Japanese “shakuhachi” flute master, John Kaizan Neptune will be performing at bluewhale.
‘Words Can’t Go There’ Live!
John Kaizan Neptune Shakuhachi Performance in Los Angeles
Date & Time: Monday, November 4 @9PM (Door Open: 8PM)
Venue: bluewhale (123 Astronaut E S Onizuka St #301, Los Angeles, CA 90012) *3rd floor of Weller Court
RSVP not required but appreciated.
Japanese “shakuhachi” flute master and subject of a new documentary, John Kaizan Neptune will be performing in Los Angeles. He will be performing his greatest hits that span decades and transcend any one genre of music. The audience will have a rare opportunity to listen to a man who is both a focused master of the ancient art of shakuhachi and a laid-back surfer – no doubt from his California roots. Join him on a journey through his career and story as a surfer, musician, composer, instrument maker and now subject of a documentary, “Words Can’t Go There” directed by his son, David and which will be U.S. premiered at Honolulu International Film Festival.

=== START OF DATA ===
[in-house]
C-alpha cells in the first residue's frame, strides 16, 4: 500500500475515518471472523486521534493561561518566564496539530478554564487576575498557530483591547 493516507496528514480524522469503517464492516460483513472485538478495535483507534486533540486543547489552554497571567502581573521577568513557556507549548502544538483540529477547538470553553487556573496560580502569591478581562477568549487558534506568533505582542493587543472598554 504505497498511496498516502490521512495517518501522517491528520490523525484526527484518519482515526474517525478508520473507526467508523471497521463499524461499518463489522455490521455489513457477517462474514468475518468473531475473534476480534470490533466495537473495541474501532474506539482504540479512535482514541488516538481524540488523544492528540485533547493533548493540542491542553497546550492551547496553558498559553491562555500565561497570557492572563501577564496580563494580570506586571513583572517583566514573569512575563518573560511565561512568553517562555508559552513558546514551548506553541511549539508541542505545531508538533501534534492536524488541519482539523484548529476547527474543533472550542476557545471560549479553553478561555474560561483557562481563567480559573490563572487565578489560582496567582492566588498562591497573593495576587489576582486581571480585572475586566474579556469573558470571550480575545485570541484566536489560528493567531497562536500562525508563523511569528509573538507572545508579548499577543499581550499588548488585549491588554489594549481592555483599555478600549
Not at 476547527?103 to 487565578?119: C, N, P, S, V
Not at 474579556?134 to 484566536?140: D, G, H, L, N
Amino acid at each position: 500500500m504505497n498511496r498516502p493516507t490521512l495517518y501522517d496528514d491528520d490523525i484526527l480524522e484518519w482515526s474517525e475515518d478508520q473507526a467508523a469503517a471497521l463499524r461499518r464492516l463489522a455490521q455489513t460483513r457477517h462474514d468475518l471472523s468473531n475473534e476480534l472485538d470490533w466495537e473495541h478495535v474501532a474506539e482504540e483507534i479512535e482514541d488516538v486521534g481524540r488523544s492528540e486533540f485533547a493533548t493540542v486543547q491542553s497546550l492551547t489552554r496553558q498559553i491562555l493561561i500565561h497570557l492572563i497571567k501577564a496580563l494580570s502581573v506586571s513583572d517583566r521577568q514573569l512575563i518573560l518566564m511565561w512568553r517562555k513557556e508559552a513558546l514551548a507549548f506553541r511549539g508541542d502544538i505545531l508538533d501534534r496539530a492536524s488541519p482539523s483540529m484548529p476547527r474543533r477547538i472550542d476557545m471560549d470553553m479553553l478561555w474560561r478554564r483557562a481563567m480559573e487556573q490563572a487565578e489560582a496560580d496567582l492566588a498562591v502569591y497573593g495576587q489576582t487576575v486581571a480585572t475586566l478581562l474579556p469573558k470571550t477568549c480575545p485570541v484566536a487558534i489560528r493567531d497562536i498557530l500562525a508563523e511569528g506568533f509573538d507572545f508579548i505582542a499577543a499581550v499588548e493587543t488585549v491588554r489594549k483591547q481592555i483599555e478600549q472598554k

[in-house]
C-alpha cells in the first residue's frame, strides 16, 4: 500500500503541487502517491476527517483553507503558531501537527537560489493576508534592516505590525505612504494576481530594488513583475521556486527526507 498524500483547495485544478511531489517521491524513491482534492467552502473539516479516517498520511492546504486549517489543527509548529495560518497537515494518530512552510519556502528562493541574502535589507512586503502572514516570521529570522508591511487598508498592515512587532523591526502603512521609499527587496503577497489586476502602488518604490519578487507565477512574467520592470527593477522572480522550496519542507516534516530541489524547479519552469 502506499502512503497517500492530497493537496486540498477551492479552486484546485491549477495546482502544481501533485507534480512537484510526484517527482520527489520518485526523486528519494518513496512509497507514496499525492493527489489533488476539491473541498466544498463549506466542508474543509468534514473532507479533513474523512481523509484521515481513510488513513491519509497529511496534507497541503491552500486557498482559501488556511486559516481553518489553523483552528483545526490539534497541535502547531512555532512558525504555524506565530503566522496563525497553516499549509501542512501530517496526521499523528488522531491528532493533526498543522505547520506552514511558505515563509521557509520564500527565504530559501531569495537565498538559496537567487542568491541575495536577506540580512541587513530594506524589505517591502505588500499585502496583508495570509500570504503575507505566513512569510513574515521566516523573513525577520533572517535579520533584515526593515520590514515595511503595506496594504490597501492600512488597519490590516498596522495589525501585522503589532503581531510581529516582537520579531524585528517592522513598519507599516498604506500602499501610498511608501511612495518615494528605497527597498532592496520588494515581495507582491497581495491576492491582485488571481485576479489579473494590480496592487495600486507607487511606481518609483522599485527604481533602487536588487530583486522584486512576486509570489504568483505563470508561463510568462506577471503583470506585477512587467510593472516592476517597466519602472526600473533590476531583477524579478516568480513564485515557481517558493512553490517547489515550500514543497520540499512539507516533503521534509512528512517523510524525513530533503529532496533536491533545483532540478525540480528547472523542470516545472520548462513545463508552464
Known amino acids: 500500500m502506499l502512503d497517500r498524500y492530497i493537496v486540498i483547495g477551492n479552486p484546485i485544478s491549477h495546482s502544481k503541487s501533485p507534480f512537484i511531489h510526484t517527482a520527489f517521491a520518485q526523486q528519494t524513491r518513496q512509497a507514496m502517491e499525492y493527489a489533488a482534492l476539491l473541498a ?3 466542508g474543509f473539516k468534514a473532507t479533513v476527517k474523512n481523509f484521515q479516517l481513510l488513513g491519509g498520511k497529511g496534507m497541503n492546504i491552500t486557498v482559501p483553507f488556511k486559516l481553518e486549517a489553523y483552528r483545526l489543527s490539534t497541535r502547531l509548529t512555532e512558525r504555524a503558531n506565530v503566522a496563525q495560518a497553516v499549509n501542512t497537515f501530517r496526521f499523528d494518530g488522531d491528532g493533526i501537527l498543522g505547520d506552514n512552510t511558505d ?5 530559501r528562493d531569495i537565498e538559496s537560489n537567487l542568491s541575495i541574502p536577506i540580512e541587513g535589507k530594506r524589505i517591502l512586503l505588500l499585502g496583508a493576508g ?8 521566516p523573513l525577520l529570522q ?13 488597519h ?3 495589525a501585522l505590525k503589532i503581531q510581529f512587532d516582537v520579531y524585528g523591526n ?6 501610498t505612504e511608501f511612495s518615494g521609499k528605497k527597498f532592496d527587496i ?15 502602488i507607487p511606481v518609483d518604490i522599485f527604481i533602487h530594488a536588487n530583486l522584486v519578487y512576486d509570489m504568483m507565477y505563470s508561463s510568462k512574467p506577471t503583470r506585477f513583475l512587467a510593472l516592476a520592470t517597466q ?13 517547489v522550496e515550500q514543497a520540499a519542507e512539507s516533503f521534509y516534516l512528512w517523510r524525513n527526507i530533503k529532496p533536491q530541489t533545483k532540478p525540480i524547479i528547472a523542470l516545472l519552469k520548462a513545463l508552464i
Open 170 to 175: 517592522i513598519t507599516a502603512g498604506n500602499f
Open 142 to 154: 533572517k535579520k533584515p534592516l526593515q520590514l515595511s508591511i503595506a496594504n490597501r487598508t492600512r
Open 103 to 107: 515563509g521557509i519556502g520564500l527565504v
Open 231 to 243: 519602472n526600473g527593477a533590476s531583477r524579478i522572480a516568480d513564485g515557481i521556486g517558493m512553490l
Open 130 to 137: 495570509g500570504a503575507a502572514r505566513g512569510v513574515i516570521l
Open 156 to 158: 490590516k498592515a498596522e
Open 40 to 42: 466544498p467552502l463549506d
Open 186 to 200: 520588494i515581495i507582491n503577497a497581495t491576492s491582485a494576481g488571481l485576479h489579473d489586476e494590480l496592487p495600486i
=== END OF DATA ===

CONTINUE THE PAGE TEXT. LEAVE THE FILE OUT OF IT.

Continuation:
John Kaizan Neptune (Shakuhachi)
David Neptune (Takeda)
Christophe Ambrosino (Guitar)
Liza Simone Wolff (Cajon)
Tom Camillo (Bass)
Greg Thiry (Handpan)
JOHN KAIZAN NEPTUNE
John Kaizan Neptune brings to the shakuhachi (bamboo flute) a new and dynamic sound and feeling entirely of his own. A California native, Neptune received his master’s certificate in the Tozan School of Shakuhachi in 1977. He was also awarded the name “Kaizan” (“Sea Mountain”). He is the author of the book SHAKUHACHI, and has performed and recorded in many countries around the world. His second album, BAMBOO, was named Outstanding Record of the Year by the Cultural Affairs Agency of the Japanese Ministry of Education; subsequent albums (24 to date) and his concerts throughout Japan, Asia, Australia, America, and Europe have made his original music, from traditional Japanese to contemporary jazz, widely know and loved by people of all ages. Neptune, who is acknowledged to be among the top masters of the instrument in Japan, now lives in Kamogawa, Chiba-ken, where he continues to make, write for, and experiment with the instrument he had adopted as his own.